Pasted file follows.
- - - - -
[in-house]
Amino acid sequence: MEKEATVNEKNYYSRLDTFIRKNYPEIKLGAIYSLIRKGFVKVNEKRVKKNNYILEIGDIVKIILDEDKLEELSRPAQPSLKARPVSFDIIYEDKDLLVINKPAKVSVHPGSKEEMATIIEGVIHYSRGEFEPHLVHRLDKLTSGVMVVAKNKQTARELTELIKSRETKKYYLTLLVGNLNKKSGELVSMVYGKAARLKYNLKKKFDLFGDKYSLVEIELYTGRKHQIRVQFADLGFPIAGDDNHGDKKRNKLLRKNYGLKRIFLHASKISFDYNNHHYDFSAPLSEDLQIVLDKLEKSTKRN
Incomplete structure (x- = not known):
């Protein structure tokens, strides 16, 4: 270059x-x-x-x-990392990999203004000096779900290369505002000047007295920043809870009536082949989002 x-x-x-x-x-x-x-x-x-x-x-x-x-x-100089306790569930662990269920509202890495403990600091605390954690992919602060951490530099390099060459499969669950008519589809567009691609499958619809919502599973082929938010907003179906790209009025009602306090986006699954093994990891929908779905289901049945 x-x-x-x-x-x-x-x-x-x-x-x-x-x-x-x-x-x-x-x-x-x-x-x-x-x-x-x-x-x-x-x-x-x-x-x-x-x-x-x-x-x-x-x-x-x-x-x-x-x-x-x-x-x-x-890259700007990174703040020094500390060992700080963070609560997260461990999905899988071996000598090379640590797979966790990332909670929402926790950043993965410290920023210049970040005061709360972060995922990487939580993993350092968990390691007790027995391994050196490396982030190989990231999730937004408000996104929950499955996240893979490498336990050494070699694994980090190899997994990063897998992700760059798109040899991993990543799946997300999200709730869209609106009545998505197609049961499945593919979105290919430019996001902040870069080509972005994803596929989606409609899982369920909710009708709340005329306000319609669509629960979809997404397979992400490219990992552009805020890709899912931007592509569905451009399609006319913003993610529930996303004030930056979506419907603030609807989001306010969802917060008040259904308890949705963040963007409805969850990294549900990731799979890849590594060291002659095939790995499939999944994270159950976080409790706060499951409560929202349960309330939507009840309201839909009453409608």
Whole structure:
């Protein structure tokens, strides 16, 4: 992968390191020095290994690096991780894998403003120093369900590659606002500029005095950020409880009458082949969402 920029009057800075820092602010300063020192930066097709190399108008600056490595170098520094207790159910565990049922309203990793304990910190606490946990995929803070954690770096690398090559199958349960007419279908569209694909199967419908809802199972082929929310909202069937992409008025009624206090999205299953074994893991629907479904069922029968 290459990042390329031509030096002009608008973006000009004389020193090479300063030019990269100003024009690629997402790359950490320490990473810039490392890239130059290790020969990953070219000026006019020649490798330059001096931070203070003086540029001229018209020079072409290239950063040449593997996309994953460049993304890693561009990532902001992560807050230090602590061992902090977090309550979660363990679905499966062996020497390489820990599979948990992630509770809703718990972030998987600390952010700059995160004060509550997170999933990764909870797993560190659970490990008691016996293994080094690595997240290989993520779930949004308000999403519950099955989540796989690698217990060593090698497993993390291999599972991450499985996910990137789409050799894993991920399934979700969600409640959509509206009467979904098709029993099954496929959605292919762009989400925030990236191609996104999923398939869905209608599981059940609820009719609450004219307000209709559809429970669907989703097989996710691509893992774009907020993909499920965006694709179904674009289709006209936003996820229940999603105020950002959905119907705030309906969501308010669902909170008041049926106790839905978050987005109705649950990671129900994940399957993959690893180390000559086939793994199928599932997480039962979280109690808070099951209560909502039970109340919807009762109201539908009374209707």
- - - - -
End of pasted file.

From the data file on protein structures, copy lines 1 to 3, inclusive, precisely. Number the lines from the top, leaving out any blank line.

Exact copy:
[in-house]
Amino acid sequence: MEKEATVNEKNYYSRLDTFIRKNYPEIKLGAIYSLIRKGFVKVNEKRVKKNNYILEIGDIVKIILDEDKLEELSRPAQPSLKARPVSFDIIYEDKDLLVINKPAKVSVHPGSKEEMATIIEGVIHYSRGEFEPHLVHRLDKLTSGVMVVAKNKQTARELTELIKSRETKKYYLTLLVGNLNKKSGELVSMVYGKAARLKYNLKKKFDLFGDKYSLVEIELYTGRKHQIRVQFADLGFPIAGDDNHGDKKRNKLLRKNYGLKRIFLHASKISFDYNNHHYDFSAPLSEDLQIVLDKLEKSTKRN
Incomplete structure (x- = not known):